Landmark parental choice ruling over autistic boy

 This comes from the Foundation f0r People with Learning Disabilities website. Thanks to Norman from the NAS for sending me the link. In the UK we often get inter-agency disputes over funding issues. Health, education and social services are all funded out of the public purse but they guard their budgets ferociously. I recall a case involving a former pupil of mine in which the health authority was resisting a three way split with education and social services to cover the cost of a residential placement. They insisted that they would only pay for health care costs. The other agencies were glad to agree when it emerged that health care accounted for the majority of the costs!

These disputes are particularly galling when social services and education argue over funding as both are departments of the same local government body. This may be changing as child and family services and local education authorities are increasingly merging with each other. Meanwhile judgements like this set a welcome precedent for parents who argue their case for making the best use of the public purse free from inter-departmental rivalry and cost cutting.

The mother of an autistic boy with special educational needs won a groundbreaking ruling in the High Court today which could give greater weight to parental choice of schools for disabled children.

Solicitors for the family welcomed the ruling, saying it would provide “a more holistic approach” to children’s services.

The case arose after the London borough of Lewisham, the local education authority (LEA), identified a day special school as suitable to meet the needs of “O”.

O, who cannot be named, has complex and severe learning difficulties.

But his mother wanted the 12-year-old to board at a special school maintained by another LEA.

Her lawyers challenged the stance taken by Lewisham education chiefs before a Special Educational Needs and Disciplinary Tribunal(SENDIST).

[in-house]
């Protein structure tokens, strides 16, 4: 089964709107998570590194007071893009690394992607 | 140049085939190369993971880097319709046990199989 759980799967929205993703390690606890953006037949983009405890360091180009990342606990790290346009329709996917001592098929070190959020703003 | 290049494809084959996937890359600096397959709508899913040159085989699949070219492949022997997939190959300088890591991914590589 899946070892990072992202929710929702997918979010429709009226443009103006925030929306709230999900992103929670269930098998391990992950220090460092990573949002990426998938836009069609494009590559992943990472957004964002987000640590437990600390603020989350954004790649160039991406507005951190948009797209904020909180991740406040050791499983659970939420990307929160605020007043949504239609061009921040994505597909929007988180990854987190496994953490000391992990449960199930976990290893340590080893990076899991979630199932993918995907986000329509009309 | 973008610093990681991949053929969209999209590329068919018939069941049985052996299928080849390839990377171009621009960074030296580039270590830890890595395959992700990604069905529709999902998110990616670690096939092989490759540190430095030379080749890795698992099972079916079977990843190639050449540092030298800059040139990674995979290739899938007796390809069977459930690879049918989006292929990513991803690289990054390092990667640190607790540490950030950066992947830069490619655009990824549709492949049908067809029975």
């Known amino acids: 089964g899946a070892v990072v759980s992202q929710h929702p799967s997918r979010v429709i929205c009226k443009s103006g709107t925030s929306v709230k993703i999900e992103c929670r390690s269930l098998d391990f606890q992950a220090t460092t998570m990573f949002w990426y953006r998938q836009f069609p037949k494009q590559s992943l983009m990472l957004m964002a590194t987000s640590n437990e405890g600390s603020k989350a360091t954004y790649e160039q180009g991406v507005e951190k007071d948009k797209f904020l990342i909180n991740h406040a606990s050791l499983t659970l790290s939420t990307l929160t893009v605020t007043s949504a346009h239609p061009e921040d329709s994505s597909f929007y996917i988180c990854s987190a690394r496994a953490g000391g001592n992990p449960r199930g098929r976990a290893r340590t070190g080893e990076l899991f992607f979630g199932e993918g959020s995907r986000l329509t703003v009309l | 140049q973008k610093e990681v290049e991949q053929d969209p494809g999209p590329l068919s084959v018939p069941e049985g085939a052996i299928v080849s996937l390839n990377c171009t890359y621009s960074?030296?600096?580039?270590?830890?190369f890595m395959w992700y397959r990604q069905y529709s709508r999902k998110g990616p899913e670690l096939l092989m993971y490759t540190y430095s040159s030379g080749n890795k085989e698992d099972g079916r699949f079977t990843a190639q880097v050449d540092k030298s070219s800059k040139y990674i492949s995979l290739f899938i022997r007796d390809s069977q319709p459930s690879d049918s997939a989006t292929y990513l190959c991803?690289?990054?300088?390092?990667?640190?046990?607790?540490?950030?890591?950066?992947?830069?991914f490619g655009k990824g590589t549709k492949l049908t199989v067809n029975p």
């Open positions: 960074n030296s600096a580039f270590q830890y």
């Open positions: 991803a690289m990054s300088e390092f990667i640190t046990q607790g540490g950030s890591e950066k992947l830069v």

They asked that O’s statement of special educational needs be amended to reflect her preference.

But the tribunal decided in February this year that the school chosen by Lewisham, where O became a pupil in September 2006, could meet his educational needs and, essentially, that the more expensive residential place could not be justified.

Today Andrew Nicol QC, sitting as a deputy High Court judge, allowed the mother’s appeal and said the tribunal had erred in law over the question of cost.

The tribunal found that the difference between the day school and boarding school was around £20,000 a year.

It said that, although the residential school chosen by the mother was a very good school, it would be “an inefficient use of resources” under the Education Act 1996.

David Wolfe, appearing for the mother’s solicitors, argued that Lewisham social services was providing £16,588 worth of respite care for the mother while O remained at day school.

That would not have to be provided if O went to boarding school, and the real difference in costs to Lewisham would be less than £3,500 a year.

Mark Roscoe, for Lewisham, argued that the Education Act did not allow the tribunal to take account of the social services expenditure as it was not an education department cost.

But today Judge Nicol disagreed and held that it was a relevant cost under Section 9 of the Act and amounted to “public expenditure” which could be taken into account.

Allowing the mother’s appeal, the judge urged that the tribunal should consider the case afresh as soon as possible.

Later the family’s solicitor, Emily Gent, of the firm Maxwell Gillott, said the ruling was significant because parental preference has generally been denied in SENDIST appeals “where a tribunal accepts that a cheaper adequate alternative that meets educational need is available – even if there are other costs to public bodies which could be saved if the more expensive school place is chosen”.

Ms Gent said: “The tribunal, and local education authorities, can now take into account money saved from other sources that would be used to meet non-educational needs.

“This encourages a holistic approach to provision of services to children in line with the Every Child Matters framework constructed after the Climbie inquiry.”

Release Date 11/09/2007

Source Press Association

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